Report: Smart phones are changing health care

For the California HealthCare Foundation, Jane Sarasohn-Kahn created a 23-page report titled “How Smartphones Are Changing Health Care For Consumers And Providers (PDF).” The report’s key message is that, while doctors have been slow to adopt EMRs and other forms of HIT, they’ve been quick to adopt smart phones. And thus it would seem smart phone apps could hold the most promise of practical HIT implementation in the coming years. Especially since, Sarasohn-Kahn writes, Manhattan Research has found that “the number of physicians who own smart phones will increase from 64 percent in 2009 to 81 percent by 2012.”

Photo by tomsun via Flickr

The speed of the uptake has been remarkable for a nation that has been traditionally slow to adopt HIT, as Figure 1 shows. Two-thirds of physicians used smartphones in 2009. About 6 percent of these were using a fully functional electronic medical record or electronic health record system — while only 1.5 percent of hospitals had a comprehensive electronic health record system as of 2008.

And the promise and popularity of health on smart phones has led to a corresponding boom in apps, Sarasohn-Kahn writes. Right now, she says, “Some of the most widely used mobile applications by physicians are drug and clinical references, and clinical tools such as dosage calculators.”

For clinicians, the smartphone offers an alternative to many health IT formats that have been cumbersome and costly to adopt, and that may interrupt their workflow. As of February 2010, there were 5,805 health, medical, and fitness applications within the Apple AppStore. Of these, 73 percent were intended for use by consumer or patient end-users, while 27 percent were targeted to health care professionals. It should be noted that, although developers usually have a principal audience in mind, all users can and do download the apps. In the “medical” category, 33 percent of apps are meant for consumers/patients, 32 percent for physicians, 17 percent for medical students, 4 percent for other health professionals, and 2 percent for nurses.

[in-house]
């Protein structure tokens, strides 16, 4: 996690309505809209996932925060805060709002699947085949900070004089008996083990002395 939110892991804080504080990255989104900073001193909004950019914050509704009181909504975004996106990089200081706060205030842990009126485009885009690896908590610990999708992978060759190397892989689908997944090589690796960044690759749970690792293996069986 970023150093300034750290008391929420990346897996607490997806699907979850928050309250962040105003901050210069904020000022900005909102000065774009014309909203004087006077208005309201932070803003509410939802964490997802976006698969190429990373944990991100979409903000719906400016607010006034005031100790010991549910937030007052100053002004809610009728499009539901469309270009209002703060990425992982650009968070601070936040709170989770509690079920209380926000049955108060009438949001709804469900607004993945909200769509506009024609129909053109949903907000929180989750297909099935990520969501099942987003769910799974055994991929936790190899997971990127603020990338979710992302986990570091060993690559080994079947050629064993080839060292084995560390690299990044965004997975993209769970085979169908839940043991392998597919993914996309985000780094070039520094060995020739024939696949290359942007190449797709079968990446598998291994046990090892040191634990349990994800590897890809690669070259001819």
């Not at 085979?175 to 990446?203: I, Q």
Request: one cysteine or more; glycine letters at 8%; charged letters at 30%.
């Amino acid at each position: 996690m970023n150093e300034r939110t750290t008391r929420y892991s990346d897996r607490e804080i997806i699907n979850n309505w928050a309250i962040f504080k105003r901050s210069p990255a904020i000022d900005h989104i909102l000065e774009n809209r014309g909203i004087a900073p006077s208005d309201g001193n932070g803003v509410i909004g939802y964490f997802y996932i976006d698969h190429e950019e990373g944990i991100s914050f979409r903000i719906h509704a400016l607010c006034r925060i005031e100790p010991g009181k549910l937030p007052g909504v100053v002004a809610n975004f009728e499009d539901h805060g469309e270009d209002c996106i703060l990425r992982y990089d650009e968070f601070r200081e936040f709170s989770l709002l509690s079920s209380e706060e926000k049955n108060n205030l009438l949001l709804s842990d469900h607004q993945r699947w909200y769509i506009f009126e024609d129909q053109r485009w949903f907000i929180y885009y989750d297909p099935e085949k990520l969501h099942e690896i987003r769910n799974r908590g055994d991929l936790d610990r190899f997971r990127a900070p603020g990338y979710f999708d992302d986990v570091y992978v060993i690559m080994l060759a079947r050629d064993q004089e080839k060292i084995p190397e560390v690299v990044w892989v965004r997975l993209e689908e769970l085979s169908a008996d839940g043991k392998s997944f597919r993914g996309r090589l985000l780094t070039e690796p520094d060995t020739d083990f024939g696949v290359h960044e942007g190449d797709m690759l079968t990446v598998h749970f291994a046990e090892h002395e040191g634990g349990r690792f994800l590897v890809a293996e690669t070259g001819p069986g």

In addition to her market statistics, Sarasohn-Kahn breaks the applications down into key categories, the most interesting of which are:

  • Linking physicians to up-to-the-minute safety alerts on a local and national scale
  • Delivering instant lab results
  • Remote monitoring of patients and their vital statistics, as well as the issuance of related alerts
  • Consulting with other physicians remotely
  • Monitoring patient compliance with treatment recommendations and guidelines

5 thoughts on “Report: Smart phones are changing health care

  1. Wellescent Health Blog

    The real benefit of the smart phones is having immediate access to information and communication wherever the doctor is located. A desktop application really does not fit the working model of many doctors who must work in numerous settings through the course of a day. The subsequent benefits come from an open development platform for these devices where many applications can be written and made available to the doctors so that they can choose what works best for them rather than asking the doctors to work into existing applications which not provide the same value.

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  3. iman tahamtan

    I am a master student in medical librarianship and information sciences and I am interested in the use of smartphone in Medicine.i am working my last paper on this subject.thanks for your useful information.

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